Ustaz Ali has gone through many challenges and provided guidance through his experience to the asatizah and the Muslim community besides having held several positions, including Chairman of the Asatizah Recognition Board (ARB) and the Fatwa Committee, added Dr Mohamed.

Dr Mohamed also rejected the false allegations made by Fikrah Siyasah which stated that he considered the terrorism to be specifically triggered by Muslims.

“Many support the opposite; that I and other RRG members view terrorism as a political activity that is not exclusive to any race or religion.

“Islam is a religion of peace and RRG has always supported the idea of ​​mercy for all Singaporeans. Anyone who promotes harmony and peace is an ambassador of Islam,” he explained.

The official RRG was established in 2003 and the group, which consists of asatizah Surelawan, came forward to offer religious guidance and counseling to members of the JI terrorist group so that they do not continue to deviate from the true teachings of the religion.

Since then, RRG has been actively offering religious counseling services to the families of JI members as well as individuals who have become radicals themselves.

Starting with 11 members, RRG now has 46 members.

Touching on the efforts made by each of its members, who are volunteers, Dr Mohamed said the unpaid RRG volunteers had sacrificed personal and family time to provide counseling services to these vulnerable individuals.

This was also acknowledged by several RRG members who spoke to the Malay newspaper Berita Harian, including Ustazah Kalthom Muhammad Isa, Ustaz Dr Leyaket Ali Mohamed Omar and Ustaz Mustazah Bahari. .

Ustazah Kalthom, who has been an RRG counselor since 2005, said she had witnessed the soul and intentions of the RRG volunteers, how concerned they were with the condition of the detainees and their families, so much so that in old age, they continued to work to help.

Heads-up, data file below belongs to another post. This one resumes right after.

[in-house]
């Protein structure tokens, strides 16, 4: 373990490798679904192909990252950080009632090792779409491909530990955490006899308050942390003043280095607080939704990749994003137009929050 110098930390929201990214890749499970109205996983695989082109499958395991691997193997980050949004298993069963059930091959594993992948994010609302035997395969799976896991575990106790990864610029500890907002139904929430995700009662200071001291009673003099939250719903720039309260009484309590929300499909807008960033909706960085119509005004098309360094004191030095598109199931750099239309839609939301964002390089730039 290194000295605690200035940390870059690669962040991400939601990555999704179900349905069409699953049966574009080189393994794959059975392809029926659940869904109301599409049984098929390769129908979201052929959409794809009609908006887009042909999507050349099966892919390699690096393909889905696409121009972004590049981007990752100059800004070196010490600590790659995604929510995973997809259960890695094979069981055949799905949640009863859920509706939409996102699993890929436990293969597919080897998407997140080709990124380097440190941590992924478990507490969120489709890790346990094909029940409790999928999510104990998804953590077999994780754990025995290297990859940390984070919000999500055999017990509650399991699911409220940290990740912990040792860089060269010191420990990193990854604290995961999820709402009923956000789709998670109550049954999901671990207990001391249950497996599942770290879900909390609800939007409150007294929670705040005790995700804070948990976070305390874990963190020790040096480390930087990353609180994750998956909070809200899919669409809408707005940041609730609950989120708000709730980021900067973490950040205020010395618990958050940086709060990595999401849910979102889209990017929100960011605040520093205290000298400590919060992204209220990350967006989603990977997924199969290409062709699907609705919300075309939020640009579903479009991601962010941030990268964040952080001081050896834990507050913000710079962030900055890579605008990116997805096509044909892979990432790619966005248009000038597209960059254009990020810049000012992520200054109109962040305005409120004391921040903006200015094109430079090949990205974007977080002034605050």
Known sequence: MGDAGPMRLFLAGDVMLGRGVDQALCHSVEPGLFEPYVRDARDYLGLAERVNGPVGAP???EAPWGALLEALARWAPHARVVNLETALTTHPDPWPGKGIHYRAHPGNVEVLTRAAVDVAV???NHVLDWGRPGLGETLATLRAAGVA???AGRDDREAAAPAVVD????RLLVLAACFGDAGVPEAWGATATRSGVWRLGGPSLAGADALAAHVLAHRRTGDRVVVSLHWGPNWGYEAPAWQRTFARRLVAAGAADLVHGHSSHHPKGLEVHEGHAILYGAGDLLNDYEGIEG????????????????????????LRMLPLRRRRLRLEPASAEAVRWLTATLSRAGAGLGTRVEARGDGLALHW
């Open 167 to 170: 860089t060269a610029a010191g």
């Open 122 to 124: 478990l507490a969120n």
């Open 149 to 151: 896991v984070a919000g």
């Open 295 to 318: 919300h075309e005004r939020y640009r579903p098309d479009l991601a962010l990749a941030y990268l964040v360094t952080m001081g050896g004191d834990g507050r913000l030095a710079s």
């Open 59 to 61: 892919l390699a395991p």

“There will still be a minority who misunderstand us and our efforts. Our hands are wide open to have discussions with those who do not understand about this effort … RRG will continue to persevere and serve,” he said. Ustazah Kalthom is also the vice president of Pergas.

Dr Leyaket stressed that “RRG and, local clerics, are not together, do not work for, nor are employed by the Singapore government”.

“The credibility of RRG is based on the expertise of religious leaders and its members in upholding Islam in its best form and understanding from the point of view of the context of our time and place.

“And for this reason: ISD has no knowledge of Islam, that they approach and consult with our Muslim leaders, to help them with the issues that were going on at the time,” said Dr Leyaket who is also the managing director of Attawasol Insaniy.

Meanwhile, Ustaz Mustazah said he was worried that the biased news was easy to believe among the community, adding that the criticism directed at RRG was cynical and unfair.

Dr Leyaket also called on the community who are ‘consumed’ by the slander made by Fikrah Siyasah to be mindful of their manners in the discussion.

“In my opinion, it is inappropriate for someone outside Singapore to express their opinion without getting proper information and incite our community in Singapore to hate the local ulama ‘who have done a lot’ for the community,” he said.


ZULFIKAR MOHAMAD SHARIFF: INDIVIDUAL BEHIND FB ACCOUNT FIKRAH SIYASAH

  • He was arrested and detained under the Internal Security Act (ISA) in July 2016 for terrorism-related activities and also for radicalising at least two Singaporeans.
  • Since around 2013, Zulfikar set up an online group called Al-Makhazin and used Facebook to create various Al-Makhazin platforms with the aim of challenging the Western media.
  • He has also made numerous Facebook posts promoting and glorifying the ISIS terrorist group and its violent actions.
  • He left Singapore and has been living in Australia with his family since 2002 after clashes here with Muslim leaders and authorities. In 2011, he applied for Australian citizenship.
  • He renounced his Singapore Citizenship and ceased to be a Singapore citizen as of 26 August 2020.